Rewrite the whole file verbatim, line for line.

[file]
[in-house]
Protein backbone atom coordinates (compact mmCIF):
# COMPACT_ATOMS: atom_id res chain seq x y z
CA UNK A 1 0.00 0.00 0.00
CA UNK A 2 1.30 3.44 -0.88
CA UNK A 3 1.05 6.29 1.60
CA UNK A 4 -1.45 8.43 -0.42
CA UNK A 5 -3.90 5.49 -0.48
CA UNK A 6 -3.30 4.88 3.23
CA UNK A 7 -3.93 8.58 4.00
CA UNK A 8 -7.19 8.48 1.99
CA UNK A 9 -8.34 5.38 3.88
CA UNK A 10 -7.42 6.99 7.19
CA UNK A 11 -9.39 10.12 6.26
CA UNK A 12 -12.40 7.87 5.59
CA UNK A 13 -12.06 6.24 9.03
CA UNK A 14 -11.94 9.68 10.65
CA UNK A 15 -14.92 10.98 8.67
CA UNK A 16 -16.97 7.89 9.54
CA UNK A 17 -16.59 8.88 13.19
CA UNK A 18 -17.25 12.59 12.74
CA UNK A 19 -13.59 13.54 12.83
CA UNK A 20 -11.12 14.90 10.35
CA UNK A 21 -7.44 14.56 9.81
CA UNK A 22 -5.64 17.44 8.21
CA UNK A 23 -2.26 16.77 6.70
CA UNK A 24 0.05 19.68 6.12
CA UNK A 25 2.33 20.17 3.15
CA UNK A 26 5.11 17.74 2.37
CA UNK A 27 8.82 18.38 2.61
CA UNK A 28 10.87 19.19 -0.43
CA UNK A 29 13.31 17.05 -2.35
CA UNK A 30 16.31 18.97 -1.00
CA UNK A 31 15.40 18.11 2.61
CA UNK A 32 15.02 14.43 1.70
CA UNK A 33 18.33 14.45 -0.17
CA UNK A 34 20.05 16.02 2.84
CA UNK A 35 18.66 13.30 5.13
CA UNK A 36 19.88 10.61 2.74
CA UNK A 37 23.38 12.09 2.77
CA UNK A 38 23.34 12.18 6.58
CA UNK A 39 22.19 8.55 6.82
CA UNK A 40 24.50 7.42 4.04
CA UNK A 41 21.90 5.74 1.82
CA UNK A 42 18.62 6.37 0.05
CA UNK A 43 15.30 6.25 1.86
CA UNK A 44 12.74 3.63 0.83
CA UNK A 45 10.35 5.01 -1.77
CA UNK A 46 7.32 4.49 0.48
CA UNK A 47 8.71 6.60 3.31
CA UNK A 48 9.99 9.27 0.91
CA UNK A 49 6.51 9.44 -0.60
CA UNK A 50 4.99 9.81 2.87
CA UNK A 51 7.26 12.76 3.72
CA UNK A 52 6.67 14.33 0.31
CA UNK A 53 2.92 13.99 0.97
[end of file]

[in-house]
Protein backbone atom coordinates (compact mmCIF):
# COMPACT_ATOMS: atom_id res chain seq x y z
CA UNK A 1 0.00 0.00 0.00
CA UNK A 2 1.30 3.44 -0.88
CA UNK A 3 1.05 6.29 1.60
CA UNK A 4 -1.45 8.43 -0.42
CA UNK A 5 -3.90 5.49 -0.48
CA UNK A 6 -3.30 4.88 3.23
CA UNK A 7 -3.93 8.58 4.00
CA UNK A 8 -7.19 8.48 1.99
CA UNK A 9 -8.34 5.38 3.88
CA UNK A 10 -7.42 6.99 7.19
CA UNK A 11 -9.39 10.12 6.26
CA UNK A 12 -12.40 7.87 5.59
CA UNK A 13 -12.06 6.24 9.03
CA UNK A 14 -11.94 9.68 10.65
CA UNK A 15 -14.92 10.98 8.67
CA UNK A 16 -16.97 7.89 9.54
CA UNK A 17 -16.59 8.88 13.19
CA UNK A 18 -17.25 12.59 12.74
CA UNK A 19 -13.59 13.54 12.83
CA UNK A 20 -11.12 14.90 10.35
CA UNK A 21 -7.44 14.56 9.81
CA UNK A 22 -5.64 17.44 8.21
CA UNK A 23 -2.26 16.77 6.70
CA UNK A 24 0.05 19.68 6.12
CA UNK A 25 2.33 20.17 3.15
CA UNK A 26 5.11 17.74 2.37
CA UNK A 27 8.82 18.38 2.61
CA UNK A 28 10.87 19.19 -0.43
CA UNK A 29 13.31 17.05 -2.35
CA UNK A 30 16.31 18.97 -1.00
CA UNK A 31 15.40 18.11 2.61
CA UNK A 32 15.02 14.43 1.70
CA UNK A 33 18.33 14.45 -0.17
CA UNK A 34 20.05 16.02 2.84
CA UNK A 35 18.66 13.30 5.13
CA UNK A 36 19.88 10.61 2.74
CA UNK A 37 23.38 12.09 2.77
CA UNK A 38 23.34 12.18 6.58
CA UNK A 39 22.19 8.55 6.82
CA UNK A 40 24.50 7.42 4.04
CA UNK A 41 21.90 5.74 1.82
CA UNK A 42 18.62 6.37 0.05
CA UNK A 43 15.30 6.25 1.86
CA UNK A 44 12.74 3.63 0.83
CA UNK A 45 10.35 5.01 -1.77
CA UNK A 46 7.32 4.49 0.48
CA UNK A 47 8.71 6.60 3.31
CA UNK A 48 9.99 9.27 0.91
CA UNK A 49 6.51 9.44 -0.60
CA UNK A 50 4.99 9.81 2.87
CA UNK A 51 7.26 12.76 3.72
CA UNK A 52 6.67 14.33 0.31
CA UNK A 53 2.92 13.99 0.97